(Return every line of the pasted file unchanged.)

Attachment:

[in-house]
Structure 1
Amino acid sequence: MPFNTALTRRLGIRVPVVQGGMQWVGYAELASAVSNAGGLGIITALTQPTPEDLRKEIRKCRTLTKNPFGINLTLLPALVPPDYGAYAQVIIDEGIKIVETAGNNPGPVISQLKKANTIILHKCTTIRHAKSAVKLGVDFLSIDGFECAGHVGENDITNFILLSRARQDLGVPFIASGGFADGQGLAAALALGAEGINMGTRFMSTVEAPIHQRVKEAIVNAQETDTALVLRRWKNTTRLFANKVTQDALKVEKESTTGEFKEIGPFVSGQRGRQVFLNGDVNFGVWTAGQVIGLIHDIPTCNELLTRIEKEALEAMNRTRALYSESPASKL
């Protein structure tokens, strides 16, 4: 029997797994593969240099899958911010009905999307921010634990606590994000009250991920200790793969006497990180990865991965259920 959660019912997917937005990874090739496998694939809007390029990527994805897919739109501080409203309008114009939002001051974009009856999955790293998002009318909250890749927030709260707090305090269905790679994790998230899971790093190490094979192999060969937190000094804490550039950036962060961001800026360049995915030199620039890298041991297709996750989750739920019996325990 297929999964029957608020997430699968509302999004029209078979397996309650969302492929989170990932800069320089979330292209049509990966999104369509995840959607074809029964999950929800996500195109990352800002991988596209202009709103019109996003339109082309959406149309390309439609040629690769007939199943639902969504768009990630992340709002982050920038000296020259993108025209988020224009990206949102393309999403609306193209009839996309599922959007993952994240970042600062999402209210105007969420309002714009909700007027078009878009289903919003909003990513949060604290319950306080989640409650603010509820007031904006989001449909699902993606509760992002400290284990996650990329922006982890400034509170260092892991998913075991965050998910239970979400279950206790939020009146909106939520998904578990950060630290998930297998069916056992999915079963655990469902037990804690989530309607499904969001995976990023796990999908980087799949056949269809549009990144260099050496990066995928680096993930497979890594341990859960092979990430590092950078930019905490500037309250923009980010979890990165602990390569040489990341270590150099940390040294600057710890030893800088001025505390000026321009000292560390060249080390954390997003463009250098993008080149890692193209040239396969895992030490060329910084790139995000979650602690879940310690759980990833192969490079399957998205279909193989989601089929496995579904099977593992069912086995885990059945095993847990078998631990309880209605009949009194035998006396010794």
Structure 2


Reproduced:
[in-house]
Structure 1
Amino acid sequence: MPFNTALTRRLGIRVPVVQGGMQWVGYAELASAVSNAGGLGIITALTQPTPEDLRKEIRKCRTLTKNPFGINLTLLPALVPPDYGAYAQVIIDEGIKIVETAGNNPGPVISQLKKANTIILHKCTTIRHAKSAVKLGVDFLSIDGFECAGHVGENDITNFILLSRARQDLGVPFIASGGFADGQGLAAALALGAEGINMGTRFMSTVEAPIHQRVKEAIVNAQETDTALVLRRWKNTTRLFANKVTQDALKVEKESTTGEFKEIGPFVSGQRGRQVFLNGDVNFGVWTAGQVIGLIHDIPTCNELLTRIEKEALEAMNRTRALYSESPASKL
């Protein structure tokens, strides 16, 4: 029997797994593969240099899958911010009905999307921010634990606590994000009250991920200790793969006497990180990865991965259920 959660019912997917937005990874090739496998694939809007390029990527994805897919739109501080409203309008114009939002001051974009009856999955790293998002009318909250890749927030709260707090305090269905790679994790998230899971790093190490094979192999060969937190000094804490550039950036962060961001800026360049995915030199620039890298041991297709996750989750739920019996325990 297929999964029957608020997430699968509302999004029209078979397996309650969302492929989170990932800069320089979330292209049509990966999104369509995840959607074809029964999950929800996500195109990352800002991988596209202009709103019109996003339109082309959406149309390309439609040629690769007939199943639902969504768009990630992340709002982050920038000296020259993108025209988020224009990206949102393309999403609306193209009839996309599922959007993952994240970042600062999402209210105007969420309002714009909700007027078009878009289903919003909003990513949060604290319950306080989640409650603010509820007031904006989001449909699902993606509760992002400290284990996650990329922006982890400034509170260092892991998913075991965050998910239970979400279950206790939020009146909106939520998904578990950060630290998930297998069916056992999915079963655990469902037990804690989530309607499904969001995976990023796990999908980087799949056949269809549009990144260099050496990066995928680096993930497979890594341990859960092979990430590092950078930019905490500037309250923009980010979890990165602990390569040489990341270590150099940390040294600057710890030893800088001025505390000026321009000292560390060249080390954390997003463009250098993008080149890692193209040239396969895992030490060329910084790139995000979650602690879940310690759980990833192969490079399957998205279909193989989601089929496995579904099977593992069912086995885990059945095993847990078998631990309880209605009949009194035998006396010794």
Structure 2